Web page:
Critics from all political sides castigated the French president for his decision not to introduce a full shutdown in January, against the advice of scientists. Marine Le Pen, his closest rival in next April’s presidential elections, added insult to injury, telling Mr Macron that the EU’s disastrous vaccine rollout had become his Waterloo. The leader of the National Rally party said: “The measures announced by Macron are mainly the consequence of a vaccination Waterloo.”
France has seen a surge in coronavirus infections, mostly caused by the spread of the more contagious variant first identified in Britain.
Over the past week, the country has recorded more than 38,000 cases per day, nearly triple the number three months earlier.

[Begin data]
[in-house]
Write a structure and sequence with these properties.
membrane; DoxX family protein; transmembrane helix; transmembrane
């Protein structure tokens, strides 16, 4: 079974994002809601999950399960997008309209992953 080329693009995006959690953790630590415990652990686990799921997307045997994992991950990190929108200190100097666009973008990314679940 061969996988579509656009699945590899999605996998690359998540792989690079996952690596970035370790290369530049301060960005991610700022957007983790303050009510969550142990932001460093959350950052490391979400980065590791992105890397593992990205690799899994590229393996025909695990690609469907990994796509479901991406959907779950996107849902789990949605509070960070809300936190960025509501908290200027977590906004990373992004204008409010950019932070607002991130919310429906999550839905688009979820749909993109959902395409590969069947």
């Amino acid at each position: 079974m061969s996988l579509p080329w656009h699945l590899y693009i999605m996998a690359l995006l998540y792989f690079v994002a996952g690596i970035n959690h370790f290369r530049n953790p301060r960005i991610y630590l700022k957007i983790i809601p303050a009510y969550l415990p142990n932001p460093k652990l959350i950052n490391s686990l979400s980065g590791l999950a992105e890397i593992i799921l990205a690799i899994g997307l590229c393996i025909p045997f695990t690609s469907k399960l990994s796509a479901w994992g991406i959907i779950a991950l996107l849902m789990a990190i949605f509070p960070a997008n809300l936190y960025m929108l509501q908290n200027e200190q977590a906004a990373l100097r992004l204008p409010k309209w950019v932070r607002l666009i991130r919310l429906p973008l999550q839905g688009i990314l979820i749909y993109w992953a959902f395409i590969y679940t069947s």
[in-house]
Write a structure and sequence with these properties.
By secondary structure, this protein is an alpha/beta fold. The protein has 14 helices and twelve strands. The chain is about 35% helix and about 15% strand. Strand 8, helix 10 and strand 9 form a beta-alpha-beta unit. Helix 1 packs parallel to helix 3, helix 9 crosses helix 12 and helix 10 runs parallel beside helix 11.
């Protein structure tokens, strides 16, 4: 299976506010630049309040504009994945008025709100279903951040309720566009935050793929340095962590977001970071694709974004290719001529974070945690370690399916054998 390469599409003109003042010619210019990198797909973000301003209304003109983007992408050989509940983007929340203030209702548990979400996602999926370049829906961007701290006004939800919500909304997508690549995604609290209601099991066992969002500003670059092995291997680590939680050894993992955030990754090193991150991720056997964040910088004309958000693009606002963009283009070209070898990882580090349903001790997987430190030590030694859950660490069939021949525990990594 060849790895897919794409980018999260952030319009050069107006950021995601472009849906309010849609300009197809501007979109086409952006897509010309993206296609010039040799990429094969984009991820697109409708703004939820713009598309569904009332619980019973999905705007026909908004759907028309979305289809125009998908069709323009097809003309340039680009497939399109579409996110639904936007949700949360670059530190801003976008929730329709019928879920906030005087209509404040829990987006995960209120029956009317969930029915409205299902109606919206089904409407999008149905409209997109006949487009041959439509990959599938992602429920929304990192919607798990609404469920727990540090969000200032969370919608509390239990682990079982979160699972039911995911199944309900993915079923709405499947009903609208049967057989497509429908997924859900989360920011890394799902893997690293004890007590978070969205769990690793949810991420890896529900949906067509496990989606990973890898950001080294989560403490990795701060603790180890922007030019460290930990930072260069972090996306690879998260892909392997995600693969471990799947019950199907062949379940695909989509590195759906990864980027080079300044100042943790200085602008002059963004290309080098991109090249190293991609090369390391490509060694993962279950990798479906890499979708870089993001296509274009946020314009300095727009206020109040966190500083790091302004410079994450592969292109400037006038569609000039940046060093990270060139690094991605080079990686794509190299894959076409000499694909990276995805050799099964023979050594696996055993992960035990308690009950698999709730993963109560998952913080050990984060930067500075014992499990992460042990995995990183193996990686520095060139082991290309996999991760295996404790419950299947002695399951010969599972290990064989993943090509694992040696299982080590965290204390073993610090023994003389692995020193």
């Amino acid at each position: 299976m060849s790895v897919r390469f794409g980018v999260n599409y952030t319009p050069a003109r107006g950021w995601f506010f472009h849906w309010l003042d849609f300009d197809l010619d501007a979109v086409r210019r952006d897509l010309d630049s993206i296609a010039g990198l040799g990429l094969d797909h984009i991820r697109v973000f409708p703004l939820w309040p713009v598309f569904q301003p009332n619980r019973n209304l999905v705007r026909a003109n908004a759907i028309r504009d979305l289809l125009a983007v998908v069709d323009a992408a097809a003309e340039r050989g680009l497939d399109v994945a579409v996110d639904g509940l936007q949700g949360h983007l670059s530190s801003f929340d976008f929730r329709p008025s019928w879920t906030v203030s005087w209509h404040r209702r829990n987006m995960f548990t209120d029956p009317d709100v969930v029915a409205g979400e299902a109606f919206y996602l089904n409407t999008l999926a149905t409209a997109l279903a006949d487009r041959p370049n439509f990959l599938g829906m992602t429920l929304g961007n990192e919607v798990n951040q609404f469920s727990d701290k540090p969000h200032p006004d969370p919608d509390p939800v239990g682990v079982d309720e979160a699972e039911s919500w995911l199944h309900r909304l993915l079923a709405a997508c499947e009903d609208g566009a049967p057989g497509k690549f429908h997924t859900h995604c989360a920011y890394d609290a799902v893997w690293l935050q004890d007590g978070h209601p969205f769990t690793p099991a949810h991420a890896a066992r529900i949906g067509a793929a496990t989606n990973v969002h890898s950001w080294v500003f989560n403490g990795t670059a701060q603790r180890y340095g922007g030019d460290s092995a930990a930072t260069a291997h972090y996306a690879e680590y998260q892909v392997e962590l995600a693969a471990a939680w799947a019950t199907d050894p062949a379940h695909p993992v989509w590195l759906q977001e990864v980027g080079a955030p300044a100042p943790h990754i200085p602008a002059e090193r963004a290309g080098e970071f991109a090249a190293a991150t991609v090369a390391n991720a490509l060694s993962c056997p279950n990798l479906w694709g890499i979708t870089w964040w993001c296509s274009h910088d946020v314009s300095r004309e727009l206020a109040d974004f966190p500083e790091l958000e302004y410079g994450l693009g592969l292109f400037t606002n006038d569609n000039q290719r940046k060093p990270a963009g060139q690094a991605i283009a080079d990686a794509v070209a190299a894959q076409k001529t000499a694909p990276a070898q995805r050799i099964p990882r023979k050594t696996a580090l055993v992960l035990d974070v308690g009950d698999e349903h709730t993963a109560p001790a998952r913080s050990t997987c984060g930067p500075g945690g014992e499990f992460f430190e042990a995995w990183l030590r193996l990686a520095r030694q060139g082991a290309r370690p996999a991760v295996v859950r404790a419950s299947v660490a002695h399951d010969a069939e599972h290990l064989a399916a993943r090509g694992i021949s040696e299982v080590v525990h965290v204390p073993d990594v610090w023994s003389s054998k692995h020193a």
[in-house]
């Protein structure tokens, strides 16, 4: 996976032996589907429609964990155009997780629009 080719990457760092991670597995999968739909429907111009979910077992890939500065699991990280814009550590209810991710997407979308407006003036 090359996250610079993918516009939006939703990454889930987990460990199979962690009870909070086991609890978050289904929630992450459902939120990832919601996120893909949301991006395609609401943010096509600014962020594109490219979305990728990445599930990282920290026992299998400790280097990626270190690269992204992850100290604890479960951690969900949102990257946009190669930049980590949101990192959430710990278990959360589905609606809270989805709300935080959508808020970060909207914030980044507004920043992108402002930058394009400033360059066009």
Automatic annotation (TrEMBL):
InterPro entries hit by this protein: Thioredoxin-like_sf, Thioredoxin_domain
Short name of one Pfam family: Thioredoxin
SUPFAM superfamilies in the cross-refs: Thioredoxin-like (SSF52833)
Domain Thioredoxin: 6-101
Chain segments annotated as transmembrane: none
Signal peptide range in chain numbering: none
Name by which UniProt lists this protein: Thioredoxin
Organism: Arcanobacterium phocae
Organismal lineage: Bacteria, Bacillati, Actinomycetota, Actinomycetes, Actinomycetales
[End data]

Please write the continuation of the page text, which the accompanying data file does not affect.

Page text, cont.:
With hospital wards filling up and total deaths approaching 100,000, Mr Macron has been forced to take drastic action yet again.
Yesterday he announced that restrictions covering a third of the population would be extended nationwide for four weeks starting this Saturday.
Furthermore, he said schools would be closed for at least three weeks.
Mr Macron had placed hopes on the vaccine rollout gaining enough momentum to avoid the need for another lockdown.
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The political scientist, from the Center for Political Research at Sciences Po in Paris, said: “What appears today is, on the contrary, the idea of a head of state who plays it by ear and who doesn’t really know where he’s going.
“The judgment that the French will make of the handling of the crisis will be the pillar of the 2022 election.”
France has vaccinated roughly 8.5 million people or about 13 percent of its population, according to health authorities.